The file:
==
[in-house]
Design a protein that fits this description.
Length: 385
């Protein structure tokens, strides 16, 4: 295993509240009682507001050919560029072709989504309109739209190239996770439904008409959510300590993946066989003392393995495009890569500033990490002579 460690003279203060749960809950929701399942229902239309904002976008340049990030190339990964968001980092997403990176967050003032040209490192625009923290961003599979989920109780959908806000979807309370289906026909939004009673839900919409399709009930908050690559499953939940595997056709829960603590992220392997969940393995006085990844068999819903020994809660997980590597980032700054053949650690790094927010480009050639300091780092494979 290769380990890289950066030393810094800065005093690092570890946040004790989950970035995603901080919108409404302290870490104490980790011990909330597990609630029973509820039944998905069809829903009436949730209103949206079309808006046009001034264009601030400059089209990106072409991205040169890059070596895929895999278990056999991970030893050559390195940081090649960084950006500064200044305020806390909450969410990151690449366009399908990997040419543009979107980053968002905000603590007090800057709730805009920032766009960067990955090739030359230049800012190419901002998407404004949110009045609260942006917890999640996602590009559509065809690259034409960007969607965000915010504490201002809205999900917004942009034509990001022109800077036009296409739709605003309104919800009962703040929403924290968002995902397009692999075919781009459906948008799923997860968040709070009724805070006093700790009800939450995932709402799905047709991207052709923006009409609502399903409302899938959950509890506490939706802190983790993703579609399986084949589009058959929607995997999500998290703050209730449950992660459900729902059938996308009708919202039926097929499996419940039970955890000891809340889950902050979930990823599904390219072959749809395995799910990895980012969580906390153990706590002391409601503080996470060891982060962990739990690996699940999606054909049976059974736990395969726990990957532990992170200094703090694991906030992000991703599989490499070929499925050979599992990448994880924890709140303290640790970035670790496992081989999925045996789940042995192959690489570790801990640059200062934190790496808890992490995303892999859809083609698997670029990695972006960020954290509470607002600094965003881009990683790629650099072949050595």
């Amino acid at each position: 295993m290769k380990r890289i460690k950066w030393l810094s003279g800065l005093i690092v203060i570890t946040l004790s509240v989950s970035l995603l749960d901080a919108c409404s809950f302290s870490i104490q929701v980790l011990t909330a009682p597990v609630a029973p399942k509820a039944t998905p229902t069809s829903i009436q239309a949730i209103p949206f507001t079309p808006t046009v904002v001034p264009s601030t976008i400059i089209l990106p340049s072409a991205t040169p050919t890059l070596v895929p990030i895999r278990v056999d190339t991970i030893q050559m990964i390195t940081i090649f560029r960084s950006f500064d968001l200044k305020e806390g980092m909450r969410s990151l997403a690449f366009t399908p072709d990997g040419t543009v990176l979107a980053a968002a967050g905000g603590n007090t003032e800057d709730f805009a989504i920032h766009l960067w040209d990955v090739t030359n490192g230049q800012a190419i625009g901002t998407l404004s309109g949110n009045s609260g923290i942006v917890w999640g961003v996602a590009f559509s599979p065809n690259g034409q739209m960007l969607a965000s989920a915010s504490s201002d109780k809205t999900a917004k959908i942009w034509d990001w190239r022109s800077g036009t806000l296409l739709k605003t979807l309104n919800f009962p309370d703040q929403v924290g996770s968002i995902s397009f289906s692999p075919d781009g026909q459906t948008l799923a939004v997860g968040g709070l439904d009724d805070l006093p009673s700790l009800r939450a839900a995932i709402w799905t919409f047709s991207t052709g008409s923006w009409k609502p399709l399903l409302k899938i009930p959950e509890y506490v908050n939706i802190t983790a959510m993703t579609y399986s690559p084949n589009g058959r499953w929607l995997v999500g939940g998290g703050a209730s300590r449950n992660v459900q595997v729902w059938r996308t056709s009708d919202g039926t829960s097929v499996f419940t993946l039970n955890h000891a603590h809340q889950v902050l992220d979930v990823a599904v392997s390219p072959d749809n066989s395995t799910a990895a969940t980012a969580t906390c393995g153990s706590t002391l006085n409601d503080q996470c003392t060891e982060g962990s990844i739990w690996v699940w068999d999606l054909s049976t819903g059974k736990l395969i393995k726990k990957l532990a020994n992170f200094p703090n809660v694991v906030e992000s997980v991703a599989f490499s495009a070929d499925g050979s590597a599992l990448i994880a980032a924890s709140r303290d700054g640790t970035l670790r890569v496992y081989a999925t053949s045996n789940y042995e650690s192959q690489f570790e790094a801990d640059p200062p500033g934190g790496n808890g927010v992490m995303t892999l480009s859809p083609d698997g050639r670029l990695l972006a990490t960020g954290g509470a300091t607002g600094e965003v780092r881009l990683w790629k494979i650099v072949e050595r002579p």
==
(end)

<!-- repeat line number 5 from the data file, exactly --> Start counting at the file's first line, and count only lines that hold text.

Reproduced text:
């Amino acid at each position: 295993m290769k380990r890289i460690k950066w030393l810094s003279g800065l005093i690092v203060i570890t946040l004790s509240v989950s970035l995603l749960d901080a919108c409404s809950f302290s870490i104490q929701v980790l011990t909330a009682p597990v609630a029973p399942k509820a039944t998905p229902t069809s829903i009436q239309a949730i209103p949206f507001t079309p808006t046009v904002v001034p264009s601030t976008i400059i089209l990106p340049s072409a991205t040169p050919t890059l070596v895929p990030i895999r278990v056999d190339t991970i030893q050559m990964i390195t940081i090649f560029r960084s950006f500064d968001l200044k305020e806390g980092m909450r969410s990151l997403a690449f366009t399908p072709d990997g040419t543009v990176l979107a980053a968002a967050g905000g603590n007090t003032e800057d709730f805009a989504i920032h766009l960067w040209d990955v090739t030359n490192g230049q800012a190419i625009g901002t998407l404004s309109g949110n009045s609260g923290i942006v917890w999640g961003v996602a590009f559509s599979p065809n690259g034409q739209m960007l969607a965000s989920a915010s504490s201002d109780k809205t999900a917004k959908i942009w034509d990001w190239r022109s800077g036009t806000l296409l739709k605003t979807l309104n919800f009962p309370d703040q929403v924290g996770s968002i995902s397009f289906s692999p075919d781009g026909q459906t948008l799923a939004v997860g968040g709070l439904d009724d805070l006093p009673s700790l009800r939450a839900a995932i709402w799905t919409f047709s991207t052709g008409s923006w009409k609502p399709l399903l409302k899938i009930p959950e509890y506490v908050n939706i802190t983790a959510m993703t579609y399986s690559p084949n589009g058959r499953w929607l995997v999500g939940g998290g703050a209730s300590r449950n992660v459900q595997v729902w059938r996308t056709s009708d919202g039926t829960s097929v499996f419940t993946l039970n955890h000891a603590h809340q889950v902050l992220d979930v990823a599904v392997s390219p072959d749809n066989s395995t799910a990895a969940t980012a969580t906390c393995g153990s706590t002391l006085n409601d503080q996470c003392t060891e982060g962990s990844i739990w690996v699940w068999d999606l054909s049976t819903g059974k736990l395969i393995k726990k990957l532990a020994n992170f200094p703090n809660v694991v906030e992000s997980v991703a599989f490499s495009a070929d499925g050979s590597a599992l990448i994880a980032a924890s709140r303290d700054g640790t970035l670790r890569v496992y081989a999925t053949s045996n789940y042995e650690s192959q690489f570790e790094a801990d640059p200062p500033g934190g790496n808890g927010v992490m995303t892999l480009s859809p083609d698997g050639r670029l990695l972006a990490t960020g954290g509470a300091t607002g600094e965003v780092r881009l990683w790629k494979i650099v072949e050595r002579p």